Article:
|Name||St James’ Church of England Primary School|
|Ofsted Inspection Rating||Requires improvement|
|Inspection Date||10 January 2017|
|Address||Crossfield Road, Wardle, Rochdale, Lancashire, OL12 9JW|
|Religious Character||Church of England|
|Number of Pupils||205 (50% boys 50% girls)|
|Number of Pupils per Teacher||26.3|
|Academy Sponsor||Watergrove Trust|
|Percentage Free School Meals||7.8%|
|Percentage English is Not First Language||2%|
Information about this school
This school is smaller than the average-sized primary school. The proportion of disadvantaged pupils is below average. The proportion of pupils who have special educational needs and/or disabilities is below average. Most pupils are of White British heritage. The proportion of pupils from different minority ethnic backgrounds is well below average, as is the proportion of pupils who speak English as an additional language. Children in the early years provision attend Reception class on a full-time basis. The school meets the government’s current floor standards, which are the minimum expectations for pupils’ attainment and progress in reading, writing and mathematics by the end of Year 6. The school meets requirements on the publication of specified information on its website. Since the previous inspection a new headteacher and deputy headteacher have joined the school.
Summary of key findings for parents and pupils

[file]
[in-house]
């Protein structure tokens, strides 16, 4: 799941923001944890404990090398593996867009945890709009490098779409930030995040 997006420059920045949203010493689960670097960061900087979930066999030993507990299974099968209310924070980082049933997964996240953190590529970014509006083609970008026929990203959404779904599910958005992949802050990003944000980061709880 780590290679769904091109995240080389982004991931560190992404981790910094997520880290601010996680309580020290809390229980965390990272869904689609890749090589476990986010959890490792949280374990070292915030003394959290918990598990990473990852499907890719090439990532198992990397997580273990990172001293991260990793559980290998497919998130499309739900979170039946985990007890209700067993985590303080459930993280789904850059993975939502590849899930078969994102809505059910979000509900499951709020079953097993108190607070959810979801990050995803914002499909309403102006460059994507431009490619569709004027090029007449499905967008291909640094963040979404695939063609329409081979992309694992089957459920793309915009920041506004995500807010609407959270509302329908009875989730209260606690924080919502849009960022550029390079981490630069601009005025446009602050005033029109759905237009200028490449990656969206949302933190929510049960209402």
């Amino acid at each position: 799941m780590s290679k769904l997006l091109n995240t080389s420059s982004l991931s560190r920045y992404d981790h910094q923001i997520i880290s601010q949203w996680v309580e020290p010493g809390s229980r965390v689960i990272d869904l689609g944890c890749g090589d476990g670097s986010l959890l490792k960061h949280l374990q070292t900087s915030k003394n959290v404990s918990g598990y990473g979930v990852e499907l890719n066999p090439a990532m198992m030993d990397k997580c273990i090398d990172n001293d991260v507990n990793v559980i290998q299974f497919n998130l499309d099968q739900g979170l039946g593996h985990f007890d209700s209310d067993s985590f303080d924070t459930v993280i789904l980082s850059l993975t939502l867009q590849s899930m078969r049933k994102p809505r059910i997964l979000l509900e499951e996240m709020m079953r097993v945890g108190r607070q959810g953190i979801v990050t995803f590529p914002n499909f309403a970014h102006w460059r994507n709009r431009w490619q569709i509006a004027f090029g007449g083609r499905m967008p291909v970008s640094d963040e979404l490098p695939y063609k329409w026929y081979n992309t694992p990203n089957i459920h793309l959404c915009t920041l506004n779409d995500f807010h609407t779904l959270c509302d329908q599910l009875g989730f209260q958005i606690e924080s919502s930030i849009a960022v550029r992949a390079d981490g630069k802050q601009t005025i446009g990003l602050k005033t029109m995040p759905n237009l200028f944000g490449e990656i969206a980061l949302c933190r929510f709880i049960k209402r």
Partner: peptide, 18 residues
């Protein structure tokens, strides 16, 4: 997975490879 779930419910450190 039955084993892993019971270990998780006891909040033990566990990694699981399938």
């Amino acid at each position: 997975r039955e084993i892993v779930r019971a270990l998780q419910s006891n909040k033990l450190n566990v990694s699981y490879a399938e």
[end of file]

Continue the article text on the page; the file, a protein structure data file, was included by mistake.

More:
This is a school that requires improvement Pupils do not make consistently good progress across key stages 1 and 2 and too few pupils make accelerated progress. As a result, a significant number of pupils do not achieve the standards of which they are capable. As a result of inconsistencies in the effectiveness of teaching, pupils’ progress varies across different year groups in key stages 1 and 2 and is too slow in some. The most able pupils do not achieve as well as they should. This is because teachers do not have consistently high expectations of what pupils can achieve and do not consistently move them on to more challenging work quickly enough. The feedback that teachers give to pupils during lessons and through marking in books does not clearly and consistently address pupils’ mistakes and misconceptions. As a result, pupils sometimes repeat errors and this slows their progress. Leaders have introduced a range of curriculum changes, including in mathematics and English, which are intended to raise standards. The impact of these changes has not yet been measured or evaluated in detail in order to identify which are making a positive difference to pupils’ learning. Leaders’ work to improve the quality of teaching across key stages 1 and 2 has not fully eradicated inconsistencies. The school has the following strengths The headteacher, through his energetic leadership, has secured an ambitious vision for the school that is shared by both parents and staff. All are determined to improve the quality of teaching and outcomes for pupils. School leaders, including governors, have an accurate picture of the school’s position and are tackling weaknesses with determination and vigour. A corner has been turned and clear improvements are being made. Pupils’ behaviour is good and they say that they are happy and feel safe in school. Attendance rates are consistently good. The school provides effective support for pupils who have special educational needs and/or disabilities. Children get off to a good start at St James’ because effective teaching in the early years helps them to make good progress.